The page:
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Go Back To Step Forward this Earth Day: Ways To Fight Food Waste

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Woman standing in front of an open refrigerator while making a list.

Regularly taking inventory of what is in the pantry or refrigerator can help to prevent spoilage and overbuying of food. (Photo courtesy of iStock)

Over the past year, Americans shifted to consuming more food at home instead of eating out at restaurants, sports venues and cafeterias, according to the Economic Research Service. However, many households wasted large amounts of food due to inadequate storage or not knowing what is in the pantry or fridge. Reducing food waste at home can stretch food budgets and benefit the environment and community. This Earth Day, find inspiration to curb food loss and waste with two tips that have stood the test of time:

1. Store food properly. By storing food at proper temperatures, it stays fresh longer. Safe food storage practices differ by food type and preparation method. Some items, like potatoes, should be stored in the pantry, while other foods like lettuce and berries are best stored in the refrigerator. Leftover meals and ingredients should be stored in the refrigerator or frozen for later use. While food storage technology was not as advanced in the 1940s, the USDA’s Bureau of Home Economics issued guidance on food conservation that is similar to today. For example, USDA recommended to keep vegetables cold to prevent them from spoiling in “Wilt Not-Waste Not: Fresh Vegetables.”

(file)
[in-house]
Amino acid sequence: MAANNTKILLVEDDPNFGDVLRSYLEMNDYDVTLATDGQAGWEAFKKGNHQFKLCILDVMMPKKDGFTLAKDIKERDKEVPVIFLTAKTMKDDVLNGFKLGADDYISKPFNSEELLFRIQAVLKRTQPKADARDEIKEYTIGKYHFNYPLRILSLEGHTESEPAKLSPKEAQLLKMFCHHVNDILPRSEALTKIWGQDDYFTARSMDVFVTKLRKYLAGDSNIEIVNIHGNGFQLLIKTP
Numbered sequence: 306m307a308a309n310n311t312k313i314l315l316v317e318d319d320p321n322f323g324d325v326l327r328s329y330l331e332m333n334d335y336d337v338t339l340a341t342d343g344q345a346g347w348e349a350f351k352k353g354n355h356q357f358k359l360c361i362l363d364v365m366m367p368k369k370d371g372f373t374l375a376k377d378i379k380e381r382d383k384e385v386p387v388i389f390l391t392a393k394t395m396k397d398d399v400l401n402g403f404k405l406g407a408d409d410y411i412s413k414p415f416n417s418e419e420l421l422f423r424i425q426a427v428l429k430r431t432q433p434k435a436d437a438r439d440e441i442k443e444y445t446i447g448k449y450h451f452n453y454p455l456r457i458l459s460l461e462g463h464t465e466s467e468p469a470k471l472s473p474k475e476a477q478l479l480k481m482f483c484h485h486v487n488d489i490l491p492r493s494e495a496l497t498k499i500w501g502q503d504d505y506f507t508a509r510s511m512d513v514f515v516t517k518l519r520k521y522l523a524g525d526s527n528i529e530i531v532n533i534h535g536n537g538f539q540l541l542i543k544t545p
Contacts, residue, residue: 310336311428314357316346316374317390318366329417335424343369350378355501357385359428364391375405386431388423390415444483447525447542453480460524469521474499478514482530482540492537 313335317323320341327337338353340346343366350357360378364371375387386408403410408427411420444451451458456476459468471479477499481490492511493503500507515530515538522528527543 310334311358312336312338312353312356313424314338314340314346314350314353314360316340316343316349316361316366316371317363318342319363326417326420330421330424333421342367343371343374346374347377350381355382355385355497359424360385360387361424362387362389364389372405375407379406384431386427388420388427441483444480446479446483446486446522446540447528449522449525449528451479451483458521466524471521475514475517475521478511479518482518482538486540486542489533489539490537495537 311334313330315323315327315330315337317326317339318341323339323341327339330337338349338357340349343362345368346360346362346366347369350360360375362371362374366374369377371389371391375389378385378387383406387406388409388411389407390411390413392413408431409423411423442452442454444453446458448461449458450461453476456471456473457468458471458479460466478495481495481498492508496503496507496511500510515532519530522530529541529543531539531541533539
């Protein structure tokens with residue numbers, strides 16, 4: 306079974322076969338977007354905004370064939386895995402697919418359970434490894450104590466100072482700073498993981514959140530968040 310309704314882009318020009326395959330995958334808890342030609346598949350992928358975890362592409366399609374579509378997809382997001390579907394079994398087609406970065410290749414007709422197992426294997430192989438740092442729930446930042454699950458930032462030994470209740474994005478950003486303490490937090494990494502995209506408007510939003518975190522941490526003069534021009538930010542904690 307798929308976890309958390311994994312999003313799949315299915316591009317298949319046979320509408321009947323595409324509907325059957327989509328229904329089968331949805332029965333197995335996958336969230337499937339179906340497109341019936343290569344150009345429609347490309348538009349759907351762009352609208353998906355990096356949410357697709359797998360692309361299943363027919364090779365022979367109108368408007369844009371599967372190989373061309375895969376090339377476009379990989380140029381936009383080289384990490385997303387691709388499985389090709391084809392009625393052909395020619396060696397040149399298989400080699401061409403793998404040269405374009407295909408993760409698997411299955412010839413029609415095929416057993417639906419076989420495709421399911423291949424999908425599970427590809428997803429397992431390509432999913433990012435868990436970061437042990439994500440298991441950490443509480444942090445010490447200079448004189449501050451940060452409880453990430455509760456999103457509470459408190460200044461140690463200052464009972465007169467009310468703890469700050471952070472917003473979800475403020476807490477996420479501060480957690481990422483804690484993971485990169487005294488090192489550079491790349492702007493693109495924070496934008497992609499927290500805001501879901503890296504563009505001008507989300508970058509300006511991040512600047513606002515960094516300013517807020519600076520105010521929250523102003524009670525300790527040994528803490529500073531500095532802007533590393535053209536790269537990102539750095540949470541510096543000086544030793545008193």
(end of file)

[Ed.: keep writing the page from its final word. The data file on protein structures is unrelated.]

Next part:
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USDA’s Bureau of Home Economics encouraged Americans to “fight food waste in the home” by storing vegetables properly during World War II. (U.S. Bureau of Home Economics, 1942. Wilt Not-Waste Not: Fresh Vegetables. U.S. Department of Agriculture.)

2. Use what is in the fridge and pantry. Many people are not aware of ingredients they already have at home. The food might spoil before it is used, or people might purchase more of something they did not realize they already had. The First In, First Out (FIFO) food storage method can also help with using up foods and involves storing older foods in the front or on top so that they are used first. In addition, checking to see what is on hand in the pantry or fridge before going to the store can prevent overbuying. The 1984 USDA pamphlet, “Plan Ahead to Make Your Food Dollars Count,” suggested using a shopping list to plan and prepare family meals for the week. Create a shopping list by choosing weekly recipes, checking for what ingredients are at home, then writing down what ingredients and amounts are still needed. Stick to the list to end your shopping trip with the expected amounts of food and money.

Having a variety of recipes and ideas for preparing foods can also help with using ingredients before they spoil. In the 1960s, the Agricultural Research Service (ARS) released a series of handouts that described budget-friendly foods and ways to use them to prevent waste. In “Eggs: A Good Choice for the Thrifty Family,” ARS provided instructions for cooking eggs in a variety of ways and included a custard dessert recipe.

It is clear that saving food remains a crucial part of helping families to save money. Explore more historical resources on preventing food waste in the National Agricultural Library’s Historical Dietary Guidance Digital Collection. – by Colleen Sideck, MPH, RDN, Food and Nutrition Information Center, National Agricultural Library